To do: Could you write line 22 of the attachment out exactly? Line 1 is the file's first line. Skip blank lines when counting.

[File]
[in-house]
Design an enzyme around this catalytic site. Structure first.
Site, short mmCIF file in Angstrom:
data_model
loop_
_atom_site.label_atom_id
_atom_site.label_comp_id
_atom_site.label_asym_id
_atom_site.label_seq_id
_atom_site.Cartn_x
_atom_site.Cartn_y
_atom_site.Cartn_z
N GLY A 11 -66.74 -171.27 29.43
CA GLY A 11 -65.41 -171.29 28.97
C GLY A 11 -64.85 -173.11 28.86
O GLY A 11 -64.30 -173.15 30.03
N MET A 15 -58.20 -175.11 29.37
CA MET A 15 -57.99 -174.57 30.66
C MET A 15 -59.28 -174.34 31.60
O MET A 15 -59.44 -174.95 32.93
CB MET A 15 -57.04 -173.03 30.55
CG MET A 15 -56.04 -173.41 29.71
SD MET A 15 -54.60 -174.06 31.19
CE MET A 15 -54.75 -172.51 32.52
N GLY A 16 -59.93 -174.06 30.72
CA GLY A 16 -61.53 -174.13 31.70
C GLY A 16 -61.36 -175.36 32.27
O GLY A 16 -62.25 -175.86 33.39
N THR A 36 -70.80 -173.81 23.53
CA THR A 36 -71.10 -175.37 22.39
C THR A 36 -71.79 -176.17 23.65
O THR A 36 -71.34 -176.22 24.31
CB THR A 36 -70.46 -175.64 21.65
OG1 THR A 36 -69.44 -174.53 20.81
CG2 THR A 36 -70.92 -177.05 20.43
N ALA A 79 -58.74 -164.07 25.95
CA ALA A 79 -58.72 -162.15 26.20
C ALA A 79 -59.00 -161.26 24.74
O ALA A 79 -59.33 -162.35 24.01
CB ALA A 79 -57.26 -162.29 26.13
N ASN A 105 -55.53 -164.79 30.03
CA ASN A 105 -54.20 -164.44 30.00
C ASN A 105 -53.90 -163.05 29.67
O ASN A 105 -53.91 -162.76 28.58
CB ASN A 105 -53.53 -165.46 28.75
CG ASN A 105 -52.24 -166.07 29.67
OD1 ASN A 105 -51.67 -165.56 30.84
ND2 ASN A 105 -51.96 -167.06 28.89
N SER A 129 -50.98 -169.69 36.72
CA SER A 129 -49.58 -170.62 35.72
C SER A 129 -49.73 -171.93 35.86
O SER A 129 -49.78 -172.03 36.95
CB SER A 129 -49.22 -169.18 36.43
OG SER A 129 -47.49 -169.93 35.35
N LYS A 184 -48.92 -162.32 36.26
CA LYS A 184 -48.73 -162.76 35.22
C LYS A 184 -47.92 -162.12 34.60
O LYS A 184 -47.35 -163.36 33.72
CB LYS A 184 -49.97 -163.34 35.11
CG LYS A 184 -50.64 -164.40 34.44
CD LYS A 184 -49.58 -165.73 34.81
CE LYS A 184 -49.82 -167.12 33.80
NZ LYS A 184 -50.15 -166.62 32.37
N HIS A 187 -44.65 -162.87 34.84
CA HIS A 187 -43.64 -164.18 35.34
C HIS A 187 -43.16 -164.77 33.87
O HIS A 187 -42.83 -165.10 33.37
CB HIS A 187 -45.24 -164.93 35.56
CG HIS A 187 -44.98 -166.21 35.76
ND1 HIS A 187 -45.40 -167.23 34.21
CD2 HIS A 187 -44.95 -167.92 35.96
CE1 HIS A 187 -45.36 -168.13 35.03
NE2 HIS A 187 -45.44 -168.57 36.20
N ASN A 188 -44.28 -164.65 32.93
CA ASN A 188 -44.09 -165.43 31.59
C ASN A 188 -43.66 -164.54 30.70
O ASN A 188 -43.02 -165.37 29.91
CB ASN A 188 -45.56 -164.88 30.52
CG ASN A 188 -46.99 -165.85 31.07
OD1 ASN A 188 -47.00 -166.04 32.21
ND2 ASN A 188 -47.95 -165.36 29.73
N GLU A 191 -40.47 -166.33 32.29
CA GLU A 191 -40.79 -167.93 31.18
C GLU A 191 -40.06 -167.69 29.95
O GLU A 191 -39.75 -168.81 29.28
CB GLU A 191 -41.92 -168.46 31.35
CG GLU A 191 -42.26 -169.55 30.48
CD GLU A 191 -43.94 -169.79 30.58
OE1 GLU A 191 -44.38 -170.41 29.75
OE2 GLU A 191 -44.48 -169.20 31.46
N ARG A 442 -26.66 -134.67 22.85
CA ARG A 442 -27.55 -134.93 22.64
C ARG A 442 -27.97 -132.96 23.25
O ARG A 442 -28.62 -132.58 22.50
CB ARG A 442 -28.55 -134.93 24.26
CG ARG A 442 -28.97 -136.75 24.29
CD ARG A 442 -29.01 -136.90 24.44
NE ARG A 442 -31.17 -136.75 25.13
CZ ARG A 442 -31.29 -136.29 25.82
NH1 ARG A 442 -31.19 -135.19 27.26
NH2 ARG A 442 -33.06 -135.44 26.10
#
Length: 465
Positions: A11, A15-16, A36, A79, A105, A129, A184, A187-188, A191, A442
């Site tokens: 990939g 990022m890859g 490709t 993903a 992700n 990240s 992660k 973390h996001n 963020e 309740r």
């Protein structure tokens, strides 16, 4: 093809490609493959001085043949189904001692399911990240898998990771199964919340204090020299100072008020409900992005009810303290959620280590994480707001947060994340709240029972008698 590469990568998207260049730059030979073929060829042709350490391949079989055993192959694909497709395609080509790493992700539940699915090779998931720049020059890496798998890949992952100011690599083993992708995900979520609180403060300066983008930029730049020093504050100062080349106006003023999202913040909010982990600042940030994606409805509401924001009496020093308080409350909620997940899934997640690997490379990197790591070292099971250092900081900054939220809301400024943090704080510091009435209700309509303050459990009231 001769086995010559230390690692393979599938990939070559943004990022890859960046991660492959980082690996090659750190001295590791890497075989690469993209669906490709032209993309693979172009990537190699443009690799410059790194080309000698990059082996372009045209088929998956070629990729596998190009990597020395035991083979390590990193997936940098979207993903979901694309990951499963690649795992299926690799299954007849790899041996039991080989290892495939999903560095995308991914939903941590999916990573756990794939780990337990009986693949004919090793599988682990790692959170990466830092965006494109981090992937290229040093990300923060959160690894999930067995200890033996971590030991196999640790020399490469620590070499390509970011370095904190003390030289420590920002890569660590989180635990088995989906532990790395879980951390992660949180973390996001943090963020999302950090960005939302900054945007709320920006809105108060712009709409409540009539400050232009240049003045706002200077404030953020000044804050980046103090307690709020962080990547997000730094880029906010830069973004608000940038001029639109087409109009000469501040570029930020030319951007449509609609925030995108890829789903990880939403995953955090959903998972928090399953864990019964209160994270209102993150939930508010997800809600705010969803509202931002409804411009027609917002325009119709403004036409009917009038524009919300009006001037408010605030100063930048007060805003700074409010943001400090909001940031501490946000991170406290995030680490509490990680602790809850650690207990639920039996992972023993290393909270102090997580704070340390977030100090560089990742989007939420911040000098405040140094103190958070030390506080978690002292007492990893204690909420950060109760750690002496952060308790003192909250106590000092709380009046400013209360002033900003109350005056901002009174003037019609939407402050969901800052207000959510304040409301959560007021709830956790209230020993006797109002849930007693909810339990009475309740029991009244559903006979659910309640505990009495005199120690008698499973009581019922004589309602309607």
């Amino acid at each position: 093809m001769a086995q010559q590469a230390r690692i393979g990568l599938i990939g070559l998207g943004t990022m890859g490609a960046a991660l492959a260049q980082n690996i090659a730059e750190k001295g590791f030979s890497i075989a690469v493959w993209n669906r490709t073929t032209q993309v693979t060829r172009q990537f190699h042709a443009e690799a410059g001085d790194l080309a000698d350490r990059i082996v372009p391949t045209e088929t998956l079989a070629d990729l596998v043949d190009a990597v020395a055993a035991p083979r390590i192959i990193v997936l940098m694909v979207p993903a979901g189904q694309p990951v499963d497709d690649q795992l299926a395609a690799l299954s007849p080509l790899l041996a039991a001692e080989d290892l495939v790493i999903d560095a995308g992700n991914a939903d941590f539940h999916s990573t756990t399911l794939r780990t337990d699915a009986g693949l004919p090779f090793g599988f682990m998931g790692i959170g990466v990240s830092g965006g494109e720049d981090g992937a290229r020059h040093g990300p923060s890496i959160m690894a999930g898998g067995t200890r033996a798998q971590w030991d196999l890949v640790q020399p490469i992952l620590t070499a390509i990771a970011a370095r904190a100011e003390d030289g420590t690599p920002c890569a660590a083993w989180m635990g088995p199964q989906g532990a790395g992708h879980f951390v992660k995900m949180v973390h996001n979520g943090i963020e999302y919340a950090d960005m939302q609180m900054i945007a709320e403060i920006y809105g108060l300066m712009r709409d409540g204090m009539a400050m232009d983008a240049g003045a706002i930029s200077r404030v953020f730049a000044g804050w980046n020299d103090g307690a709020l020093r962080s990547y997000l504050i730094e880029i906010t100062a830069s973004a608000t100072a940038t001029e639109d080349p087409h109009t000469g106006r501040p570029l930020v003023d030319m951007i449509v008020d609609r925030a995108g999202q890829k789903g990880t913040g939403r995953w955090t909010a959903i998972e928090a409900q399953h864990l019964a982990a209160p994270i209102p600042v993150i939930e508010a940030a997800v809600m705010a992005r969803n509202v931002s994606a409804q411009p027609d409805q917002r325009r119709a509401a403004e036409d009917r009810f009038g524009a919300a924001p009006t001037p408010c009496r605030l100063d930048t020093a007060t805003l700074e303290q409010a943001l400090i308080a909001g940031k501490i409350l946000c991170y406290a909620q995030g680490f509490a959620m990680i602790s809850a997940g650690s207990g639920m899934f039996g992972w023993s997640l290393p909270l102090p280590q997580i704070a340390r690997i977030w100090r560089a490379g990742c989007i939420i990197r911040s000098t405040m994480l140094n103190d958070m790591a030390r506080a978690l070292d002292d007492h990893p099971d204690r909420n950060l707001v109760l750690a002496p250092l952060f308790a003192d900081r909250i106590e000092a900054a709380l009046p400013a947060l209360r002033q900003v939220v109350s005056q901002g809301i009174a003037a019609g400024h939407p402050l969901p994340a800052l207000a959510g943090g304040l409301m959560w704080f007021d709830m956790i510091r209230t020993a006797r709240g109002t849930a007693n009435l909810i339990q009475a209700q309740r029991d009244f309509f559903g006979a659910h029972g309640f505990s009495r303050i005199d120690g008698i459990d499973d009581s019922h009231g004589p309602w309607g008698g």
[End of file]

CG MET A 15 -56.04 -173.41 29.71